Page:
Five of the worst things to have happened as a result of cyber attacks

The loss of credit card and other personal information isn’t the only outcome of a cyber attack; hackers can damage infrastructure as well as people’s lives.  Read on for a list of some of the worst and, in some cases, saddest outcomes of cyber crime.

Cyber attack causes “massive damage” to German iron plant

According to a German federal agency report, Die Lage der IT-Sicherheit in Deutschland 2014 (Situation Report on IT Security in Germany 2014), cyber criminals gained access to an iron plant and caused “massive damage to the whole system”.

The attackers were able to access the plant’s office network through a targeted malicious email, which allowed them to take over the production network. The breach caused an incident in which a furnace could not be shut down properly, which resulted in massive damage to the whole system.

It is rare for a cyber attack to cause actual physical damage.

CIA: cyber attack caused multiple-city blackout

In 2008, a cyber attack on several unnamed cities caused a blackout. The CIA released a report, stating: “We have information that cyberattacks have been used to disrupt power equipment in several regions outside the U.S…. In at least one case, the disruption caused a power outage affecting multiple cities.”

The cyber attacks were followed by extortion demands, which the CIA believe were issued by criminals with inside knowledge.

Attacks on critical infrastructure is a large concern for governments around the world. Just this month, Washington DC suffered a power outage that affected government and privately-owned buildings, and disrupted the city’s public transit rail system.

Sony cyber attack

In the infamous Sony cyber attack of November 2014, employees – and indeed the rest of the world – were startled by the release of sensitive and delicate information. Hackers were able to infiltrate Sony’s corporate computer network and steal personal information relating to staff and actors, including emails, personal information about families, and details of salaries.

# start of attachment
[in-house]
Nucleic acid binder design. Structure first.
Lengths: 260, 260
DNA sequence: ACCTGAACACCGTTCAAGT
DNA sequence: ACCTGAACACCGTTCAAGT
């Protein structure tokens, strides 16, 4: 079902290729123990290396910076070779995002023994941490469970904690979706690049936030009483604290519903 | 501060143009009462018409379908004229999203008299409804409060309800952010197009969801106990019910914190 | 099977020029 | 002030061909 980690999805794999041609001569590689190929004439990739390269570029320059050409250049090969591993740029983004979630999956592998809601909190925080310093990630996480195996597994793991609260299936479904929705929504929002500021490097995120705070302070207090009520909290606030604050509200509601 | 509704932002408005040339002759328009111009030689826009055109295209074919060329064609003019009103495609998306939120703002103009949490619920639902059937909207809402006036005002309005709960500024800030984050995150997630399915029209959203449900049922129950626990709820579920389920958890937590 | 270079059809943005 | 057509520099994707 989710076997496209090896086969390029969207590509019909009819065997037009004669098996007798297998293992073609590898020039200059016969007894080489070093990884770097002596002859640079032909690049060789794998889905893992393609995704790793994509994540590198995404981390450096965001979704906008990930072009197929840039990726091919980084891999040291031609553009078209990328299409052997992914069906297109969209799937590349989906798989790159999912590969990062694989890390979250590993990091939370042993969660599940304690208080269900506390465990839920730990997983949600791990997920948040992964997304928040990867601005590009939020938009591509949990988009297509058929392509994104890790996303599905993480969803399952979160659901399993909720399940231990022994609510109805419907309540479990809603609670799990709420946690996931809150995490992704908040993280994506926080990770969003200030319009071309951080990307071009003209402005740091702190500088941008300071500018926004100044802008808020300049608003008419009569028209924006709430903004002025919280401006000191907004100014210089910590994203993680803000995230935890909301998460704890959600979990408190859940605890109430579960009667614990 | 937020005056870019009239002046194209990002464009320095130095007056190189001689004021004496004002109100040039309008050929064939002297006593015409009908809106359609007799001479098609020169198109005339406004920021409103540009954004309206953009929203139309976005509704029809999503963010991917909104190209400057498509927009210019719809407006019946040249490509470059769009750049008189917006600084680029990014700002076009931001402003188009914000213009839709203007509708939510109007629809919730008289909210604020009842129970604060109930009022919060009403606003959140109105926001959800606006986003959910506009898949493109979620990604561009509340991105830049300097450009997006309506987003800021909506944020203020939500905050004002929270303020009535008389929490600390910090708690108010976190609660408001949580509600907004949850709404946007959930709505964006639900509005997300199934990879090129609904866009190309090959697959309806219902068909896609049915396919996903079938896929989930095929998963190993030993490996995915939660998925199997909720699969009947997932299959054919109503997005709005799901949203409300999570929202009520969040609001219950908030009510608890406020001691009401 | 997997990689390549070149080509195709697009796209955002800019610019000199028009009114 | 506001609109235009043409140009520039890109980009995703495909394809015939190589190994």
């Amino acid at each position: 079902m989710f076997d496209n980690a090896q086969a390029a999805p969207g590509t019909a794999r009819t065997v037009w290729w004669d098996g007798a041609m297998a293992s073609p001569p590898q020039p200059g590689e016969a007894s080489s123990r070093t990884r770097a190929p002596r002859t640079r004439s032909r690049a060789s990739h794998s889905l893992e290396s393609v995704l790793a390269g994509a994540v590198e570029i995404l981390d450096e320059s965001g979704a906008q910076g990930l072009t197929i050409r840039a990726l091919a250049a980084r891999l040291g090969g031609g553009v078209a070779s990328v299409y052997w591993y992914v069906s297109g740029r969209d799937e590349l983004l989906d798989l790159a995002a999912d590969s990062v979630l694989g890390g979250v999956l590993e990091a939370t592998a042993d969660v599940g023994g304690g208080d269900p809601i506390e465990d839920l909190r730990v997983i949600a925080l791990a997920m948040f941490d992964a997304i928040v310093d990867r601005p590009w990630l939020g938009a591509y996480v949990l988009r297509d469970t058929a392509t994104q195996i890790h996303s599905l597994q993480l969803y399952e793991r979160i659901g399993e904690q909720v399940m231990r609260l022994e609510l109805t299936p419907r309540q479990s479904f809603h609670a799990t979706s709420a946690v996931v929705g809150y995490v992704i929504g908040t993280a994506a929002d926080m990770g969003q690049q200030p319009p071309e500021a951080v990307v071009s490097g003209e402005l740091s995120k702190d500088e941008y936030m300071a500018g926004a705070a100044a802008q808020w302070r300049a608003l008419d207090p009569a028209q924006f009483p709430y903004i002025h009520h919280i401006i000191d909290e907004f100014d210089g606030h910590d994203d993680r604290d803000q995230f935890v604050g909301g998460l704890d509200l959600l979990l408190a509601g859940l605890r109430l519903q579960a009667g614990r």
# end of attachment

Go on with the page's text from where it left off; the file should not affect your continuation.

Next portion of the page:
Although Sony is now fighting several million-dollar lawsuits from ex-employees, compromised information is still making its rounds on the Internet.

WikiLeaks has just released a portal that enables you to search through leaked documents and emails. This has helped uncover even more information that Sony really didn’t want released. (Just search for the phrase “cheated on”.)

Hacker puts Code Spaces out of business

Code hosting and software collaboration platform Code Spaces went out of business last year after a hacker deleted the company’s data and backups.

The cyber attack began with a DDoS attack and an intrusion into Code Spaces’ Amazon EC2 control panel. Extortion demands soon followed. Code Spaces investigated and decided that changing its EC2 passwords would be enough.

“We finally managed to get our panel access back, but not before he had removed all EBS snapshots, S3 buckets, all AMIs, some EBS instances and several machine instances,” Code Spaces said. “In summary, most of our data, backups, machine configurations and offsite backups were either partially or completely deleted.”

Hundreds of projects were lost in the attack, forcing many developers to abandon them altogether.

All of this happened within 12 hours.

Romanian man commits suicide after falling for police ransomware

In an incredibly sad case, a Romanian man committed suicide after ransomware fooled him into believing that he faced huge fines and jail for watching online pornography.

A suicide note left behind read: “I received a warning [on my computer] that said I have to pay 70.000 lei [$22,000] or go to prison for 11 years,” the note apparently read. “I don’t think it’s normal what I’ve done… I apologize to all of you…I can’t stand going to prison. I can’t.”

Bitdefender has been providing a free removal tool for Trojan.Ransom.IcePol since November 2012.

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